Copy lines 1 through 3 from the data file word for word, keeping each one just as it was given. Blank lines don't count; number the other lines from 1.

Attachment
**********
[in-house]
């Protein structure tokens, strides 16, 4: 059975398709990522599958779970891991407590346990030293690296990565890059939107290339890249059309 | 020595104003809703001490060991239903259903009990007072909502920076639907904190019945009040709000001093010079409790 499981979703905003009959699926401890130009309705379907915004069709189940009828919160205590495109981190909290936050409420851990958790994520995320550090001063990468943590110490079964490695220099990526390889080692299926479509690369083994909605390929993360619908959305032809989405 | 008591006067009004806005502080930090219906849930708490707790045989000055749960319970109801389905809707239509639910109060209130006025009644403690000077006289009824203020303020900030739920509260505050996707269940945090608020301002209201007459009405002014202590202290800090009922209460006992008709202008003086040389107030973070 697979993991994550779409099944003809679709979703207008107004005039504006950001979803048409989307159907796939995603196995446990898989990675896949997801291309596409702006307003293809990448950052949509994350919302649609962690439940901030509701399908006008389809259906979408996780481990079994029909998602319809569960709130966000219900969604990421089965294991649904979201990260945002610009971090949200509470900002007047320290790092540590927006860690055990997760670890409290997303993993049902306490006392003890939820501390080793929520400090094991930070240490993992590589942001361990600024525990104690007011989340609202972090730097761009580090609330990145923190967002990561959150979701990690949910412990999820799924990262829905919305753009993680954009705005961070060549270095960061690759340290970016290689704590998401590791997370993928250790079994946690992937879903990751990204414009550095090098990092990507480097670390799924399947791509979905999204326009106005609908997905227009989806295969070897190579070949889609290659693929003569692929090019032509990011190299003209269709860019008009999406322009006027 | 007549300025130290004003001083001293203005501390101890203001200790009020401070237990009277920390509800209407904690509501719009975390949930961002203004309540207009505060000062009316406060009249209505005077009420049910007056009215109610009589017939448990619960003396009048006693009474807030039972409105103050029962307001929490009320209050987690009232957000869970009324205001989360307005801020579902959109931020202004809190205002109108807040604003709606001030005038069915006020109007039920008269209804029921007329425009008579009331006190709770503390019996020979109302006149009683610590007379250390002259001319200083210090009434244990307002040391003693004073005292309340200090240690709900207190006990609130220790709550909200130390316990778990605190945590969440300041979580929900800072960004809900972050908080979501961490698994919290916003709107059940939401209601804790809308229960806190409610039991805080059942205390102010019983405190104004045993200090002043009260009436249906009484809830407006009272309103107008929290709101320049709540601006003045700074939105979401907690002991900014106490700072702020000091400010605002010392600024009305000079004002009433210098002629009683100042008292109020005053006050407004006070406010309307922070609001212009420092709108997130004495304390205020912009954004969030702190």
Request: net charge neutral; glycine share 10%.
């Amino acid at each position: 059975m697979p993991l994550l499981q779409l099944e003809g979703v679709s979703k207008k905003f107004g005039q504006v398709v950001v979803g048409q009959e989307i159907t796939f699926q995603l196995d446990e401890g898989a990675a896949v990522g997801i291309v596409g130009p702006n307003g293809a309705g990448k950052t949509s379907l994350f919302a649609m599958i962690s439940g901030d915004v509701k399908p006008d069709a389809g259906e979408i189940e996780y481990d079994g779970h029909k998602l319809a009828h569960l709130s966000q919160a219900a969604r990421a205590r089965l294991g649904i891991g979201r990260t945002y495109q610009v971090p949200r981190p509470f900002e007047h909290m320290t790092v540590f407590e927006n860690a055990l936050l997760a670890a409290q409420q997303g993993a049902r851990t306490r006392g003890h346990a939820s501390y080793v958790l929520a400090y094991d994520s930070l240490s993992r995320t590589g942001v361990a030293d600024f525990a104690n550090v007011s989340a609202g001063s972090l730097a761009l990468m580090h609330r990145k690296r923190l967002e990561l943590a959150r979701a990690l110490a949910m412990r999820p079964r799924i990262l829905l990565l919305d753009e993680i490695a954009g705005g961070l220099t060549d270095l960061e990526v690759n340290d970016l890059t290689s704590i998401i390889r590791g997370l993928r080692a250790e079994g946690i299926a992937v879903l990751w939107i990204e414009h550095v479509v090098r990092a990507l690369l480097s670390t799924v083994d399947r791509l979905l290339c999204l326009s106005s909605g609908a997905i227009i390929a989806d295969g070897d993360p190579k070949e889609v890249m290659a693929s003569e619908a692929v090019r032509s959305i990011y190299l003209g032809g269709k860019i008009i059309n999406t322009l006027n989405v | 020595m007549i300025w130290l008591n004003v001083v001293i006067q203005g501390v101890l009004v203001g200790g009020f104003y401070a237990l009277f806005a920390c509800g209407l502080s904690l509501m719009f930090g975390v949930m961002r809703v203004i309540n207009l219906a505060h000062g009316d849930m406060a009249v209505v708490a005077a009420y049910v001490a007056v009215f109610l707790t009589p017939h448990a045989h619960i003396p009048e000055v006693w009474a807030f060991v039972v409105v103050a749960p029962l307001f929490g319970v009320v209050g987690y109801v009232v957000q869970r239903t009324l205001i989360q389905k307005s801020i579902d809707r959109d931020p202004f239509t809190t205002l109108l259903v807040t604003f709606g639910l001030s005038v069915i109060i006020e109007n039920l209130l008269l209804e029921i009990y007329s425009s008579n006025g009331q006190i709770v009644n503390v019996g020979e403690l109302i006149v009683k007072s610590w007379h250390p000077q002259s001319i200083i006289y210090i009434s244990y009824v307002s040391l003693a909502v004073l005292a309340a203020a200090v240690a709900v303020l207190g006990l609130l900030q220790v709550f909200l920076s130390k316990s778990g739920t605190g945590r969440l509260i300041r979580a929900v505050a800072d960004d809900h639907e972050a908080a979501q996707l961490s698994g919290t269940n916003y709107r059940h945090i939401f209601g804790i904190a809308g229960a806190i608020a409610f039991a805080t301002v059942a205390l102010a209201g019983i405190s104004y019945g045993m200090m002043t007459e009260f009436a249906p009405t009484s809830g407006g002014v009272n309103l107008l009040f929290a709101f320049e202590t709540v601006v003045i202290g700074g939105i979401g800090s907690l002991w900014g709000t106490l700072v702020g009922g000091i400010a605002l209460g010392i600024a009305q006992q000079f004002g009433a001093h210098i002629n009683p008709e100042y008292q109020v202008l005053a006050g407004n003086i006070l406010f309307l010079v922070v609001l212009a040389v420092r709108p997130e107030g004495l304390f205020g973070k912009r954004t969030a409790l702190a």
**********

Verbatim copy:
[in-house]
């Protein structure tokens, strides 16, 4: 059975398709990522599958779970891991407590346990030293690296990565890059939107290339890249059309 | 020595104003809703001490060991239903259903009990007072909502920076639907904190019945009040709000001093010079409790 499981979703905003009959699926401890130009309705379907915004069709189940009828919160205590495109981190909290936050409420851990958790994520995320550090001063990468943590110490079964490695220099990526390889080692299926479509690369083994909605390929993360619908959305032809989405 | 008591006067009004806005502080930090219906849930708490707790045989000055749960319970109801389905809707239509639910109060209130006025009644403690000077006289009824203020303020900030739920509260505050996707269940945090608020301002209201007459009405002014202590202290800090009922209460006992008709202008003086040389107030973070 697979993991994550779409099944003809679709979703207008107004005039504006950001979803048409989307159907796939995603196995446990898989990675896949997801291309596409702006307003293809990448950052949509994350919302649609962690439940901030509701399908006008389809259906979408996780481990079994029909998602319809569960709130966000219900969604990421089965294991649904979201990260945002610009971090949200509470900002007047320290790092540590927006860690055990997760670890409290997303993993049902306490006392003890939820501390080793929520400090094991930070240490993992590589942001361990600024525990104690007011989340609202972090730097761009580090609330990145923190967002990561959150979701990690949910412990999820799924990262829905919305753009993680954009705005961070060549270095960061690759340290970016290689704590998401590791997370993928250790079994946690992937879903990751990204414009550095090098990092990507480097670390799924399947791509979905999204326009106005609908997905227009989806295969070897190579070949889609290659693929003569692929090019032509990011190299003209269709860019008009999406322009006027 | 007549300025130290004003001083001293203005501390101890203001200790009020401070237990009277920390509800209407904690509501719009975390949930961002203004309540207009505060000062009316406060009249209505005077009420049910007056009215109610009589017939448990619960003396009048006693009474807030039972409105103050029962307001929490009320209050987690009232957000869970009324205001989360307005801020579902959109931020202004809190205002109108807040604003709606001030005038069915006020109007039920008269209804029921007329425009008579009331006190709770503390019996020979109302006149009683610590007379250390002259001319200083210090009434244990307002040391003693004073005292309340200090240690709900207190006990609130220790709550909200130390316990778990605190945590969440300041979580929900800072960004809900972050908080979501961490698994919290916003709107059940939401209601804790809308229960806190409610039991805080059942205390102010019983405190104004045993200090002043009260009436249906009484809830407006009272309103107008929290709101320049709540601006003045700074939105979401907690002991900014106490700072702020000091400010605002010392600024009305000079004002009433210098002629009683100042008292109020005053006050407004006070406010309307922070609001212009420092709108997130004495304390205020912009954004969030702190």
Request: net charge neutral; glycine share 10%.